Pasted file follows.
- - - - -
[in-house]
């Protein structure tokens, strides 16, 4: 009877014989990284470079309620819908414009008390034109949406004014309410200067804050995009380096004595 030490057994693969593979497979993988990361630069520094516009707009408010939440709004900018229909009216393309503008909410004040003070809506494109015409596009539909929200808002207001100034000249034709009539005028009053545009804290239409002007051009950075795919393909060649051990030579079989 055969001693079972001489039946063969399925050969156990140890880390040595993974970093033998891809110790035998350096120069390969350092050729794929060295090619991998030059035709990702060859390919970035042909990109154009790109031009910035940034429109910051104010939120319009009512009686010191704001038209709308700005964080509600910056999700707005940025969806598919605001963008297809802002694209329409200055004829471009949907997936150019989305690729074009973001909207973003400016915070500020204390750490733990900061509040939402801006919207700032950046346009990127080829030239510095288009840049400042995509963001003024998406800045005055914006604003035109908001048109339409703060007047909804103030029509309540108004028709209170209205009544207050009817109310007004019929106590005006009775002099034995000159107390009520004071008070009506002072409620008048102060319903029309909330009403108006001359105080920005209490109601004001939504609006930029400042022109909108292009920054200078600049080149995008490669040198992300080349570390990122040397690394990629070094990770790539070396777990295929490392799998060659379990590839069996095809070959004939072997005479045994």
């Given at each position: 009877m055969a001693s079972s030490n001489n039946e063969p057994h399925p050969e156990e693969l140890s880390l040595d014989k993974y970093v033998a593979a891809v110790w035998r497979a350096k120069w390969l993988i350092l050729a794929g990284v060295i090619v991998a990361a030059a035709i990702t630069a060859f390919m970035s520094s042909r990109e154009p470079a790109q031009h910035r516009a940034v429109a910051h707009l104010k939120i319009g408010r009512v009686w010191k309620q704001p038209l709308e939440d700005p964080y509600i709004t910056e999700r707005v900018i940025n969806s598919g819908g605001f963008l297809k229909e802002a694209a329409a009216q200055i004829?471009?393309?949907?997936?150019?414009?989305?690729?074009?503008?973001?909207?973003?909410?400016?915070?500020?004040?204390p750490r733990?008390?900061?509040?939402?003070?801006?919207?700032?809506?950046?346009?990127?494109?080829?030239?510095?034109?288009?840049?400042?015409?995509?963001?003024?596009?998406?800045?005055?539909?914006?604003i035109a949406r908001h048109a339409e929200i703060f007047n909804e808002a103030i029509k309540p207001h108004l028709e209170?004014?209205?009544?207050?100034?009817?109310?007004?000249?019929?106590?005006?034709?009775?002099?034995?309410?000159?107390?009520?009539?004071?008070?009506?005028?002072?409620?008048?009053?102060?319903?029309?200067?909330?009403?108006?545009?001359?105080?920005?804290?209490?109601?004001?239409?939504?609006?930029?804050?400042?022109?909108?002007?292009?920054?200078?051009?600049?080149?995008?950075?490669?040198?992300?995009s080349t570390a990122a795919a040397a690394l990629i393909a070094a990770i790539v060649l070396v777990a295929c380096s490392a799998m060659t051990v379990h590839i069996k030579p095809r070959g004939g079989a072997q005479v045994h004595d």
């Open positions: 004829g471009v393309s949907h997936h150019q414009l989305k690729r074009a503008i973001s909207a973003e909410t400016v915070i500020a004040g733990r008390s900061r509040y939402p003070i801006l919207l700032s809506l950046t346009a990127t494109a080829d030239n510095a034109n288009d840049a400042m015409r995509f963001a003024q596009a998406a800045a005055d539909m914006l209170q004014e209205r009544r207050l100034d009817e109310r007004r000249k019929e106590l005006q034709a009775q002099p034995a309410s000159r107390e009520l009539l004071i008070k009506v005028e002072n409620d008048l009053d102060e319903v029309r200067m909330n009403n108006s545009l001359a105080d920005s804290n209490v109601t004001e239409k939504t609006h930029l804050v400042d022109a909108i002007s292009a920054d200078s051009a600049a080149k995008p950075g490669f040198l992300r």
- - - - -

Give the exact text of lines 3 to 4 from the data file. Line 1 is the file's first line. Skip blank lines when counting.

């Given at each position: 009877m055969a001693s079972s030490n001489n039946e063969p057994h399925p050969e156990e693969l140890s880390l040595d014989k993974y970093v033998a593979a891809v110790w035998r497979a350096k120069w390969l993988i350092l050729a794929g990284v060295i090619v991998a990361a030059a035709i990702t630069a060859f390919m970035s520094s042909r990109e154009p470079a790109q031009h910035r516009a940034v429109a910051h707009l104010k939120i319009g408010r009512v009686w010191k309620q704001p038209l709308e939440d700005p964080y509600i709004t910056e999700r707005v900018i940025n969806s598919g819908g605001f963008l297809k229909e802002a694209a329409a009216q200055i004829?471009?393309?949907?997936?150019?414009?989305?690729?074009?503008?973001?909207?973003?909410?400016?915070?500020?004040?204390p750490r733990?008390?900061?509040?939402?003070?801006?919207?700032?809506?950046?346009?990127?494109?080829?030239?510095?034109?288009?840049?400042?015409?995509?963001?003024?596009?998406?800045?005055?539909?914006?604003i035109a949406r908001h048109a339409e929200i703060f007047n909804e808002a103030i029509k309540p207001h108004l028709e209170?004014?209205?009544?207050?100034?009817?109310?007004?000249?019929?106590?005006?034709?009775?002099?034995?309410?000159?107390?009520?009539?004071?008070?009506?005028?002072?409620?008048?009053?102060?319903?029309?200067?909330?009403?108006?545009?001359?105080?920005?804290?209490?109601?004001?239409?939504?609006?930029?804050?400042?022109?909108?002007?292009?920054?200078?051009?600049?080149?995008?950075?490669?040198?992300?995009s080349t570390a990122a795919a040397a690394l990629i393909a070094a990770i790539v060649l070396v777990a295929c380096s490392a799998m060659t051990v379990h590839i069996k030579p095809r070959g004939g079989a072997q005479v045994h004595d």
């Open positions: 004829g471009v393309s949907h997936h150019q414009l989305k690729r074009a503008i973001s909207a973003e909410t400016v915070i500020a004040g733990r008390s900061r509040y939402p003070i801006l919207l700032s809506l950046t346009a990127t494109a080829d030239n510095a034109n288009d840049a400042m015409r995509f963001a003024q596009a998406a800045a005055d539909m914006l209170q004014e209205r009544r207050l100034d009817e109310r007004r000249k019929e106590l005006q034709a009775q002099p034995a309410s000159r107390e009520l009539l004071i008070k009506v005028e002072n409620d008048l009053d102060e319903v029309r200067m909330n009403n108006s545009l001359a105080d920005s804290n209490v109601t004001e239409k939504t609006h930029l804050v400042d022109a909108i002007s292009a920054d200078s051009a600049a080149k995008p950075g490669f040198l992300r």